White-Nose Syndrome in Bats

Close-up of white-nose infected bat
Bat infected with white-nose syndrome

Ryan von Linden/New York Department of Environmental Conservation

White-nose syndrome is a fatal disease of hibernating bats. Caused by a fungal infection, sick bats may display a white fungus on their nose and exhibit strange behavior, such as flying outside in winter. White-nose syndrome has devastated bat populations in the eastern US and Canada since its outbreak in 2006-07.

White-nose syndrome has NOT been detected in any bat at Oregon Caves. We want to keep it that way, and we need your help!

If you have any items that have been worn or used in a cave or mine east of the Rocky Mountains in the US or Canada or a cave or mine in Europe, please leave those items at home. Research has shown that people visiting caves or mines where white-nose syndrome is present or nearby can pick up fungal spores on their clothing, shoes, and gear, and that regular washing does not remove these spores. Though white-nose syndrome is mainly spreading from bat to bat, it could only take one person to move the disease fungus considerably farther than a bat can travel.

Oregon Caves is home to 8-9 bat species as well as endemic animals that share cave and forest ecosystems with bats. By taking precautions to plan for what you wear and bring into caves and mines and to properly sanitize your gear in between visits, you might be saving the lives of bats at Oregon Caves.

What to do:

Plan ahead! Leave at home any clothing, footwear, or gear used in any cave or mine in a white-nose syndrome-affected area. Currently, items used in a cave or mine east of the Rocky Mountains or a cave or mine in Europe are restricted from Oregon Caves. This restriction is subject to change based on the spread of white-nose syndrome. View the latest map.

Sanitize anything worn or used in caves or mines in between visits and before coming to Oregon Caves. It is especially important to clean the outer layers of clothing and the tread on footwear. Fungal spores are not removed by regular washing. Follow US Fish & Wildlife instructions (69 kb PDF file) to decontaminate your clothing and gear before your next underground adventure.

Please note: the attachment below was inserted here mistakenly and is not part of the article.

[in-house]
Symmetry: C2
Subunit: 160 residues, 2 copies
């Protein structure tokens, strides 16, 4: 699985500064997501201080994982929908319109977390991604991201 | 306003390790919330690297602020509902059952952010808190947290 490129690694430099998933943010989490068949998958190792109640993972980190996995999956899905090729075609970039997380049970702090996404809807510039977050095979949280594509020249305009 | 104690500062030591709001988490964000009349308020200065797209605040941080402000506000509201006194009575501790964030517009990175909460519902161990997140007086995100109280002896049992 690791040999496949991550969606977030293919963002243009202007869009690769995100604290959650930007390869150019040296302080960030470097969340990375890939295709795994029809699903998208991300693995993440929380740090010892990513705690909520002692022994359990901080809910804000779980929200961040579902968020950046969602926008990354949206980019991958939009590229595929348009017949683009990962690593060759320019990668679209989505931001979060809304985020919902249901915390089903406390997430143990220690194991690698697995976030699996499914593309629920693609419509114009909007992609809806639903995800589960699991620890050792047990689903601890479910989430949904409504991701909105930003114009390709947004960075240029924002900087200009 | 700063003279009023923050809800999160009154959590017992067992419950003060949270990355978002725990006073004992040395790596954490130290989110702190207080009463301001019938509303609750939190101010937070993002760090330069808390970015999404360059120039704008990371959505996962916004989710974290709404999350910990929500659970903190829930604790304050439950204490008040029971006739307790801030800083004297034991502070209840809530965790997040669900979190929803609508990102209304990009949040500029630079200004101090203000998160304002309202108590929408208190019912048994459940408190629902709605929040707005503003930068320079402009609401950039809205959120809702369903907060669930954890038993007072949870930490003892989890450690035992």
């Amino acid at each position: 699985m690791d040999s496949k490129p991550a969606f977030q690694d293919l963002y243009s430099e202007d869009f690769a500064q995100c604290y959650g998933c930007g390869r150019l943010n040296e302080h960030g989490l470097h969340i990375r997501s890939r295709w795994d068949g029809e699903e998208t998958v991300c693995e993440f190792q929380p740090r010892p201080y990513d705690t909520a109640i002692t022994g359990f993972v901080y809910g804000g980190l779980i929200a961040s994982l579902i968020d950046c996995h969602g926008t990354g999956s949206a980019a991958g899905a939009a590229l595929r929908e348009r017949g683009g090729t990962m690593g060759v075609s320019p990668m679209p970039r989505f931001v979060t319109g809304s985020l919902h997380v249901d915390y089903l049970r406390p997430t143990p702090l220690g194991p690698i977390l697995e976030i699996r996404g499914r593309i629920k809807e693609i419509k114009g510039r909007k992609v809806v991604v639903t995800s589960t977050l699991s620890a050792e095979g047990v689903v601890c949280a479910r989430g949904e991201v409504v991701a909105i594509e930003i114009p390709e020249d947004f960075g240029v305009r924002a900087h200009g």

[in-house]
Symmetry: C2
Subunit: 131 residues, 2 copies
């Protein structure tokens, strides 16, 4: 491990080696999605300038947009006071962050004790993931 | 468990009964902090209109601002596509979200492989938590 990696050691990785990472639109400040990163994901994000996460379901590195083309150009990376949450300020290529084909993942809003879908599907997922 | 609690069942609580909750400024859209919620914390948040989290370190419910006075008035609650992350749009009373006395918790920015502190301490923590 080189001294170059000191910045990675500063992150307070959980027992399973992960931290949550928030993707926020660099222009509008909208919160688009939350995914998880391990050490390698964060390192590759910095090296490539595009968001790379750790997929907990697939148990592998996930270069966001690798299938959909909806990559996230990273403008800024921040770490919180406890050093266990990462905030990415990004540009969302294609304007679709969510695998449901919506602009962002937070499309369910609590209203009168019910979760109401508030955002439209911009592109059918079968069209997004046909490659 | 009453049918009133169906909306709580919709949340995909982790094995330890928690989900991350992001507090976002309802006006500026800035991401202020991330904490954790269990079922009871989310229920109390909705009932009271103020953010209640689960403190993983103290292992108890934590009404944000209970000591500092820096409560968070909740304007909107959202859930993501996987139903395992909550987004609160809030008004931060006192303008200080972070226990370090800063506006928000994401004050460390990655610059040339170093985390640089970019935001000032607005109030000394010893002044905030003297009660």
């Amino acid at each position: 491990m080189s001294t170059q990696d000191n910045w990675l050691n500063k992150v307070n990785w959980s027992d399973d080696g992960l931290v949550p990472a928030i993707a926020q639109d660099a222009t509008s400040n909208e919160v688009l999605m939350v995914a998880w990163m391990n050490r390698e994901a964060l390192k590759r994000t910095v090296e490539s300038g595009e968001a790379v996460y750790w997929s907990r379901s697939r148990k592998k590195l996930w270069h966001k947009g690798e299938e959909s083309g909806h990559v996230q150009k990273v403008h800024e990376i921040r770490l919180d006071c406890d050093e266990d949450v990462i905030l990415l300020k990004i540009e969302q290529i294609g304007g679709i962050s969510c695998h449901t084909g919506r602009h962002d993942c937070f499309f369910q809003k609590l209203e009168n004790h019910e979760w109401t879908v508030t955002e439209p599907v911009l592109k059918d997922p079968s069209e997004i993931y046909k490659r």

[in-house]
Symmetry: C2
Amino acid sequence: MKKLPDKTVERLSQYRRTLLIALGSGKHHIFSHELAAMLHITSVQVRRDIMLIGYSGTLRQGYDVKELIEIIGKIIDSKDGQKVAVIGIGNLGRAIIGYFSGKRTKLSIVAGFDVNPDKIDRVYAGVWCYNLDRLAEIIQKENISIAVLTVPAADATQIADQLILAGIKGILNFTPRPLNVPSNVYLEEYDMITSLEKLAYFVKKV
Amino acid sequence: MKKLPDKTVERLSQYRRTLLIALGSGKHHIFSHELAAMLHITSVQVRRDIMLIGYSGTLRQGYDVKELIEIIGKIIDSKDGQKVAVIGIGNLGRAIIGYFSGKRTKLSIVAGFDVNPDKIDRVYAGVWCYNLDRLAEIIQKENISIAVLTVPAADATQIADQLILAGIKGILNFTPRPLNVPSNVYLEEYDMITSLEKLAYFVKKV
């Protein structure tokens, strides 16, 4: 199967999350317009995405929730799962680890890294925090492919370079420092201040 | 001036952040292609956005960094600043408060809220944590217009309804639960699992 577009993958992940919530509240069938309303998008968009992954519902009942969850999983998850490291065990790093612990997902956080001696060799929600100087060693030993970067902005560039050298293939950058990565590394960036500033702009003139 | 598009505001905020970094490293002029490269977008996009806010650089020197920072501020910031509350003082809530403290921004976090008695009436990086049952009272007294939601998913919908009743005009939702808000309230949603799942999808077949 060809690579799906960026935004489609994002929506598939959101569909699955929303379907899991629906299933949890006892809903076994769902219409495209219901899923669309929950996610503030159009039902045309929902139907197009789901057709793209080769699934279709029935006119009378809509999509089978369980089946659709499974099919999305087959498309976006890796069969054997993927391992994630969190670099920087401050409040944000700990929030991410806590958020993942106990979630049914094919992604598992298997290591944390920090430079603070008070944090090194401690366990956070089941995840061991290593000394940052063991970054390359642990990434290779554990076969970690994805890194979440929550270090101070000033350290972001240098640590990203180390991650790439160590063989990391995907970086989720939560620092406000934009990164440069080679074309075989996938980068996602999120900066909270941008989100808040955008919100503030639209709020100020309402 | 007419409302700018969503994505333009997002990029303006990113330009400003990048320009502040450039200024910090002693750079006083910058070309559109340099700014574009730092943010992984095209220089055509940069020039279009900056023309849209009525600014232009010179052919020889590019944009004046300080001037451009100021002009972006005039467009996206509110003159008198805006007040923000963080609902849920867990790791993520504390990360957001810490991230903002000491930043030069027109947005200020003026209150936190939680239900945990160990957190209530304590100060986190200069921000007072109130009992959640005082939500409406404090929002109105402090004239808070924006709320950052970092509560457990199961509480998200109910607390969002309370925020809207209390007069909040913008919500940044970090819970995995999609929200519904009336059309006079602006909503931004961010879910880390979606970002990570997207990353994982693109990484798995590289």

Avoid hibernating bats. Stay out of all bat hibernation sites in winter. Bats appear to be most susceptible to white-nose syndrome while hibernating. They are also very sensitive to light and noise. If you awaken them, they needlessly use up energy that they have stored to make it through winter, a time when they have no food source.

Report unusual bat deaths. If you observe unusual bat behavior or unexplained bat deaths in Oregon, call the Wildlife Health Hotline at 1-866-968-2600. In other states, contact your state wildlife agency.

Learn more:

  • View the latest news and maps posted by the US Fish & Wildlife.
  • View the latest news provided USGS Wildlife Health Center.
  • Read the Microbe Magazine June 2011 article.
  • Watch the White-Nose Syndrome video produced by Great Smoky Mountains National Park.
  • Download the White-Nose Syndrome handout (609 KB pdf file).
  • Download US Fish & Wildlife release March 2014 article.

This page was last updated May 30, 2014.

Last updated: February 28, 2015

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